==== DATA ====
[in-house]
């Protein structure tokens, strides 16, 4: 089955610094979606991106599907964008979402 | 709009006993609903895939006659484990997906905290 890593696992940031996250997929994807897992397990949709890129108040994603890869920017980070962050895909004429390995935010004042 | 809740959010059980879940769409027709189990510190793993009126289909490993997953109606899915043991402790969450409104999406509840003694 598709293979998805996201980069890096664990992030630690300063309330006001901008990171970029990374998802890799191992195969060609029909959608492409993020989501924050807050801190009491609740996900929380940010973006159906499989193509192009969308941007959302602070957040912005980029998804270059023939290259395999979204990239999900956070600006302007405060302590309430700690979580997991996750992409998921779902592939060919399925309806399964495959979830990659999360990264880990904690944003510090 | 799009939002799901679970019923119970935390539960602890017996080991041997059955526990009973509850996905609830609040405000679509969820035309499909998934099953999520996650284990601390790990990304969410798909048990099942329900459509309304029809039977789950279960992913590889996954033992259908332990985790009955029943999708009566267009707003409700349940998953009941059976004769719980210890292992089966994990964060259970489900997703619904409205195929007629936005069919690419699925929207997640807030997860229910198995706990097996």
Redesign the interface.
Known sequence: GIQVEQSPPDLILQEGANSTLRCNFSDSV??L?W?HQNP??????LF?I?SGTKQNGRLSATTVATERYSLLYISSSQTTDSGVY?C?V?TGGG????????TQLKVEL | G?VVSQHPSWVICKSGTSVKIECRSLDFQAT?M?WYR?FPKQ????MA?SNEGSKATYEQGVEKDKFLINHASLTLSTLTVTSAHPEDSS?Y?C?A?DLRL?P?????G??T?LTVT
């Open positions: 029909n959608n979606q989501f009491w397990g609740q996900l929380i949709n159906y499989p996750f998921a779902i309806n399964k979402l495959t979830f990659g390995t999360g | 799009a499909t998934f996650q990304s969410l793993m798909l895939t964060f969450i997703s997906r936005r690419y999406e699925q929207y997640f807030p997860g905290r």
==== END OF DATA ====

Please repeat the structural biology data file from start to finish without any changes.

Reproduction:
[in-house]
């Protein structure tokens, strides 16, 4: 089955610094979606991106599907964008979402 | 709009006993609903895939006659484990997906905290 890593696992940031996250997929994807897992397990949709890129108040994603890869920017980070962050895909004429390995935010004042 | 809740959010059980879940769409027709189990510190793993009126289909490993997953109606899915043991402790969450409104999406509840003694 598709293979998805996201980069890096664990992030630690300063309330006001901008990171970029990374998802890799191992195969060609029909959608492409993020989501924050807050801190009491609740996900929380940010973006159906499989193509192009969308941007959302602070957040912005980029998804270059023939290259395999979204990239999900956070600006302007405060302590309430700690979580997991996750992409998921779902592939060919399925309806399964495959979830990659999360990264880990904690944003510090 | 799009939002799901679970019923119970935390539960602890017996080991041997059955526990009973509850996905609830609040405000679509969820035309499909998934099953999520996650284990601390790990990304969410798909048990099942329900459509309304029809039977789950279960992913590889996954033992259908332990985790009955029943999708009566267009707003409700349940998953009941059976004769719980210890292992089966994990964060259970489900997703619904409205195929007629936005069919690419699925929207997640807030997860229910198995706990097996």
Redesign the interface.
Known sequence: GIQVEQSPPDLILQEGANSTLRCNFSDSV??L?W?HQNP??????LF?I?SGTKQNGRLSATTVATERYSLLYISSSQTTDSGVY?C?V?TGGG????????TQLKVEL | G?VVSQHPSWVICKSGTSVKIECRSLDFQAT?M?WYR?FPKQ????MA?SNEGSKATYEQGVEKDKFLINHASLTLSTLTVTSAHPEDSS?Y?C?A?DLRL?P?????G??T?LTVT
């Open positions: 029909n959608n979606q989501f009491w397990g609740q996900l929380i949709n159906y499989p996750f998921a779902i309806n399964k979402l495959t979830f990659g390995t999360g | 799009a499909t998934f996650q990304s969410l793993m798909l895939t964060f969450i997703s997906r936005r690419y999406e699925q929207y997640f807030p997860g905290r």